Pros and Cons of Gene Patenting


Should a business or individual be allowed to patent a human gene? Genes are what make the human body work. They are naturally created and not something that is invented. Yet the concept of gene patenting does have some benefits that may make it a beneficial decision to allow it to happen. Do the benefits outweigh the risks? Let’s take a look.

The Pros of Gene Patenting

1. It allows for research to happen without competition.
The pressures of competition can lead to research errors or a lack of profitability. Some companies don’t have the financial support necessary to compete, which means they won’t even get involved in gene research in the first place. Without competition, it becomes possible for the experts to really look at the gene itself.

2. It supports private innovation.
Without gene patenting, it would be possible for a company to potential copy research and develop similar therapies without the same level of investment. A patent would encourage harder work and more creativity that is fueled by the chance for real profit.

3. It would allow for more private investment.
Investors like to see returns on their money. Science often doesn’t provide this opportunity. With a gene patent available, however, there would be the chance to get a return and that would create more long-term research dollars.

The Cons of Gene Patenting

1. It could hinder research.
Gene patents fall under intellectual property rights. This means that a business would own a patent for up to 20 years on a specific gene. Other companies would not be allowed to perform research on this gene during that period of time, which limits the possibilities of a breakthrough discovery.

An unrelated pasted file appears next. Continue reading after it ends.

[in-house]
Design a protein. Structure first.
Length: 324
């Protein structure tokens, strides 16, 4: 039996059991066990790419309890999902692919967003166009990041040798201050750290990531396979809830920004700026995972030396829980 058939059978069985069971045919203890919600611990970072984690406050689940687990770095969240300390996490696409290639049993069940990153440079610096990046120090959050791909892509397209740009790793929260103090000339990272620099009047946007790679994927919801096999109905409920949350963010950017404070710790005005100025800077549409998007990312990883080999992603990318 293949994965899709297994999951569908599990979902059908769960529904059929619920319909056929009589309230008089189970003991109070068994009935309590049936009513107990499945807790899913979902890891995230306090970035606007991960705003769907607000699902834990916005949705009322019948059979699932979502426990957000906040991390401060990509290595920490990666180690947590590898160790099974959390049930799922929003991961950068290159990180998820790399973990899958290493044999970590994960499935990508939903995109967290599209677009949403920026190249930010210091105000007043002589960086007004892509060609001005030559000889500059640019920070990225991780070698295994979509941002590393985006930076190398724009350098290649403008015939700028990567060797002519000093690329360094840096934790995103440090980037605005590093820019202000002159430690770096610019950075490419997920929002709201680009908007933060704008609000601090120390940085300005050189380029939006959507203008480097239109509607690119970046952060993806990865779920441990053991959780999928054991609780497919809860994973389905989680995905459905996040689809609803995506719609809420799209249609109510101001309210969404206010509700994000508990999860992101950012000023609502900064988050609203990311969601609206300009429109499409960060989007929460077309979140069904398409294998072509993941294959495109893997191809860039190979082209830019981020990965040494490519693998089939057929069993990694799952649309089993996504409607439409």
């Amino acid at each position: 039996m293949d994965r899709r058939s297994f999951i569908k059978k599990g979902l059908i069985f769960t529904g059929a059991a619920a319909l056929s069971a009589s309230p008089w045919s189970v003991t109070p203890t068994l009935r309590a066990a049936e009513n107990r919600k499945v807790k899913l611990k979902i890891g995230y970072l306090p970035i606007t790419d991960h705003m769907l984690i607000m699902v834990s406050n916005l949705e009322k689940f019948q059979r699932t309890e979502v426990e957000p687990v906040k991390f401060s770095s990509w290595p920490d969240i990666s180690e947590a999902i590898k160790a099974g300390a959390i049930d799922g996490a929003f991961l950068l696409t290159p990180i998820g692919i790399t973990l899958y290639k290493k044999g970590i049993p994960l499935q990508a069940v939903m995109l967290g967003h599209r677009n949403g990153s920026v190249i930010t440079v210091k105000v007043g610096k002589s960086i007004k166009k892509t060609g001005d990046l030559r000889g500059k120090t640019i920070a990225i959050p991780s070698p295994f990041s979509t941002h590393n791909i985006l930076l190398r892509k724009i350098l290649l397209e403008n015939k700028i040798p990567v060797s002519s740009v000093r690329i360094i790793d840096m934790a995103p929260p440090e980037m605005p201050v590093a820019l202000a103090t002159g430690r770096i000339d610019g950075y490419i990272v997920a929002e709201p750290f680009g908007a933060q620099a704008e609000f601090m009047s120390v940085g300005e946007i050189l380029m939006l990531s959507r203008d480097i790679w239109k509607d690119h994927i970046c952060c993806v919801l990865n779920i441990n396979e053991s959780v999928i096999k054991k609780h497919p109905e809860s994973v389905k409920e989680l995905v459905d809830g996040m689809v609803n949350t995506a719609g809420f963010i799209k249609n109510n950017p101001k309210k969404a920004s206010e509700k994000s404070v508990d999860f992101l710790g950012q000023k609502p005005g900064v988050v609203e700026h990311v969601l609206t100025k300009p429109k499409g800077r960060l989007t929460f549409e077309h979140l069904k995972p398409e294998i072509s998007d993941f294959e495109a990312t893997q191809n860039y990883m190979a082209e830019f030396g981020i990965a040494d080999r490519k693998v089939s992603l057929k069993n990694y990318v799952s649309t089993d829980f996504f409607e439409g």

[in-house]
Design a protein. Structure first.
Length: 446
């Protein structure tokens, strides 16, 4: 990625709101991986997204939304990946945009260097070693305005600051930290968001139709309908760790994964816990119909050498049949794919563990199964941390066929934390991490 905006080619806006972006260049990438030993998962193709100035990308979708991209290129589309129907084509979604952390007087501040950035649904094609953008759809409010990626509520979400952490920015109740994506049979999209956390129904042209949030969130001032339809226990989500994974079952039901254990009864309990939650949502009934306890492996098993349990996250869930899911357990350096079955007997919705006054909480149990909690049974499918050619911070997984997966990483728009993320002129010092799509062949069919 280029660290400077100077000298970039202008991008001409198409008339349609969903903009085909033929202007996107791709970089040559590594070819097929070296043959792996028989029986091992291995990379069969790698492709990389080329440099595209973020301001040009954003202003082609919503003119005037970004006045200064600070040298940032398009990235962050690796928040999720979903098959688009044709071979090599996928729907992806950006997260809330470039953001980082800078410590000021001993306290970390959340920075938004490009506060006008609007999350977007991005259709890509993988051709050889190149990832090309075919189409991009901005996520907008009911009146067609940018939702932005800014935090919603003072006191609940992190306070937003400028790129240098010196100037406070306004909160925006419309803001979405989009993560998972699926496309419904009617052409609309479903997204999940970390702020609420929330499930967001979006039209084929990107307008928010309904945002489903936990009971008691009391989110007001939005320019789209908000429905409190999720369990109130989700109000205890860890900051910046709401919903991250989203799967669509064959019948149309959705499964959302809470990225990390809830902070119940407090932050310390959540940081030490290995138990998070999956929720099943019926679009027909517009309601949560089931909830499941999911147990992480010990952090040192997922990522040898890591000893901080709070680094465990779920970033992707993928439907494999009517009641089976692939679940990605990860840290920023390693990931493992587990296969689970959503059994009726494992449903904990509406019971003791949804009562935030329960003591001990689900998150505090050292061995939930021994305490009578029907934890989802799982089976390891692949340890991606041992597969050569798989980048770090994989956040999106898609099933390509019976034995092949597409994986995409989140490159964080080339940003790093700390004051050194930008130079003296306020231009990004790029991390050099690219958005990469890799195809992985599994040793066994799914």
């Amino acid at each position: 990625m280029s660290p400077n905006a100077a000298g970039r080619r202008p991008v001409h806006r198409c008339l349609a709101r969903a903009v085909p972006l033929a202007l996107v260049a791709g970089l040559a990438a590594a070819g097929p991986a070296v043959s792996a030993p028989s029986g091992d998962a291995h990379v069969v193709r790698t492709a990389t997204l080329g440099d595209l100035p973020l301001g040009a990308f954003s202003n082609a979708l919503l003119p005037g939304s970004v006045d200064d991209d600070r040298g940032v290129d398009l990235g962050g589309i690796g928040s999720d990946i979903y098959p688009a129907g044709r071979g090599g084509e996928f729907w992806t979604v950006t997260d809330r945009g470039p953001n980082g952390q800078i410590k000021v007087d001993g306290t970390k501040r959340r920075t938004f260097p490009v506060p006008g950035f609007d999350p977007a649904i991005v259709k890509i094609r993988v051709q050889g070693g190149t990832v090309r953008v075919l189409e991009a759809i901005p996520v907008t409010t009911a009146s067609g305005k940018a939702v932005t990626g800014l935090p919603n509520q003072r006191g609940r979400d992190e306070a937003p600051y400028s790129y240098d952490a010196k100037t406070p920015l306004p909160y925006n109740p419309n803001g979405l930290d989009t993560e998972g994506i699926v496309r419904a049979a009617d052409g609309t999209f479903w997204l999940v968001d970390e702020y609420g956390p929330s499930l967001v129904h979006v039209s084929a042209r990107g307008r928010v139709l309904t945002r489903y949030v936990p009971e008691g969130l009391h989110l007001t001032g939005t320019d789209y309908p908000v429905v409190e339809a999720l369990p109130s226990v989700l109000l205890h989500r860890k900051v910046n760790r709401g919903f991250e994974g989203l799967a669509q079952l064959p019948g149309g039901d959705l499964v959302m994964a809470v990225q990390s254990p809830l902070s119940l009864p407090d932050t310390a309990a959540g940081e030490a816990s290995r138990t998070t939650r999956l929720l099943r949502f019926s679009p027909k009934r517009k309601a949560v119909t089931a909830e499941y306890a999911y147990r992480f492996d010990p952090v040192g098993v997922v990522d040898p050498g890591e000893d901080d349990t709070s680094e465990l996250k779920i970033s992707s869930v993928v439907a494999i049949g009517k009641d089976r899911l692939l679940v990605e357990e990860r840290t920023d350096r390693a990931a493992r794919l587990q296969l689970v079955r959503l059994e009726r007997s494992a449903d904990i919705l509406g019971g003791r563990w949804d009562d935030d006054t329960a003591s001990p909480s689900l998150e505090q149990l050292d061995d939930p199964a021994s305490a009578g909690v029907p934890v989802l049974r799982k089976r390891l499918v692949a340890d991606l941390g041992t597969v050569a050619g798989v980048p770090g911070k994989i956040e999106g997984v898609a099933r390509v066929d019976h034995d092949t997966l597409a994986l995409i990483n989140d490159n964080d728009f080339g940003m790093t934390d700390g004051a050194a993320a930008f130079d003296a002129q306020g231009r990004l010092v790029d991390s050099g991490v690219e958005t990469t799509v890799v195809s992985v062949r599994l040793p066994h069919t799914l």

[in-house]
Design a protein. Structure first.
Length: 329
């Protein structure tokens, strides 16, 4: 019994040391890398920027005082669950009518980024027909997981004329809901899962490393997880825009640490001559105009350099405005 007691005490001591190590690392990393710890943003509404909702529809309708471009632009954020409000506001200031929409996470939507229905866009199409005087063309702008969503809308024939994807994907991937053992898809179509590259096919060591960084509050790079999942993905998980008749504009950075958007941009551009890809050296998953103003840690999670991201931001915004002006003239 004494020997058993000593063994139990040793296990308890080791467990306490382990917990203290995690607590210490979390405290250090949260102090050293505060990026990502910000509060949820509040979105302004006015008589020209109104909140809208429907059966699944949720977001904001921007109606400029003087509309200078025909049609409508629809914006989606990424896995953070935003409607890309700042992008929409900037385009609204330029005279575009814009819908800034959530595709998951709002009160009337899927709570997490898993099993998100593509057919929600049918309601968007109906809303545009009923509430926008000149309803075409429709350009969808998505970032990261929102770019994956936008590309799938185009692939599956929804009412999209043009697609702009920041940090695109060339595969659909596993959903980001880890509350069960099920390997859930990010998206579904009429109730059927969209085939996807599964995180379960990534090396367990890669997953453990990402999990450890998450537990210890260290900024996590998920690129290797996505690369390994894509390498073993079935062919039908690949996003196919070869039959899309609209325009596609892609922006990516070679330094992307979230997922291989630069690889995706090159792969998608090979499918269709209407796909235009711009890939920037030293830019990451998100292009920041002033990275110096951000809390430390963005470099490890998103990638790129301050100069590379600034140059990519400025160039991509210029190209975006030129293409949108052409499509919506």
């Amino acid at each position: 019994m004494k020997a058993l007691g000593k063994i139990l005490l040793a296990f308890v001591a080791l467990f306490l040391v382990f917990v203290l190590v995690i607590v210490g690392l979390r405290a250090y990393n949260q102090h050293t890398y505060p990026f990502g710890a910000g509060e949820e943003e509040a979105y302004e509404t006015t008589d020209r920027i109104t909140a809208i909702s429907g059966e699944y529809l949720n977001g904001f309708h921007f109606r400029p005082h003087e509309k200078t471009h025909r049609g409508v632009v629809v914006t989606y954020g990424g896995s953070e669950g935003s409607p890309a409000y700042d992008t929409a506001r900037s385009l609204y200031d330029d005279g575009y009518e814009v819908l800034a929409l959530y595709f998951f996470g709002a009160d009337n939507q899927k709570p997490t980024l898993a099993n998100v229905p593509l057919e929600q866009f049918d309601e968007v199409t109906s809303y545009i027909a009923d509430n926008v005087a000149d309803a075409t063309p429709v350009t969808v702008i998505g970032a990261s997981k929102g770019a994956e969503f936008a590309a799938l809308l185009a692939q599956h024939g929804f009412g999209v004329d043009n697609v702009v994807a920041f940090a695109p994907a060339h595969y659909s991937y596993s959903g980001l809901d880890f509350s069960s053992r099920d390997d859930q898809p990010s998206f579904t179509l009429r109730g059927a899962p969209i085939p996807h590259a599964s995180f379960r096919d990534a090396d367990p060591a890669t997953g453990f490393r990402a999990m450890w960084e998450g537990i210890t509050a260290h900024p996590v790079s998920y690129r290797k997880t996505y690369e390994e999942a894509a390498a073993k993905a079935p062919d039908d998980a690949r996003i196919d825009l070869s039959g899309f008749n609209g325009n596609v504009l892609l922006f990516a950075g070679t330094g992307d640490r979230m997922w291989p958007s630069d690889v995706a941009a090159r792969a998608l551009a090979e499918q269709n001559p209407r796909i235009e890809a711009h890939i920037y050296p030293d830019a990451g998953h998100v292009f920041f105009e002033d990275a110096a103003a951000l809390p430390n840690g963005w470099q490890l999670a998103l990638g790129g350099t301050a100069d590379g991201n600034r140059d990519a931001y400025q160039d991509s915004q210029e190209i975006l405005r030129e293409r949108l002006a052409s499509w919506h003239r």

2. It would create a market of exclusivity.
Research companies could research genes and then patent them, creating a market where only a few companies are creating medical treatments. This would likely raise costs without raising treatment standards.

3. There are diagnostic delays.
Companies that hold gene patents hold the rights to test for those specific genes. This can create delays in a diagnosis and sometimes patients may only have days to get started on their treatments.

The pros and cons of gene patenting show that there is some potential for good, but some potential for some really bad events occurring as well. Is it the right course of action to take? That’s a decision that likely requires some more debate.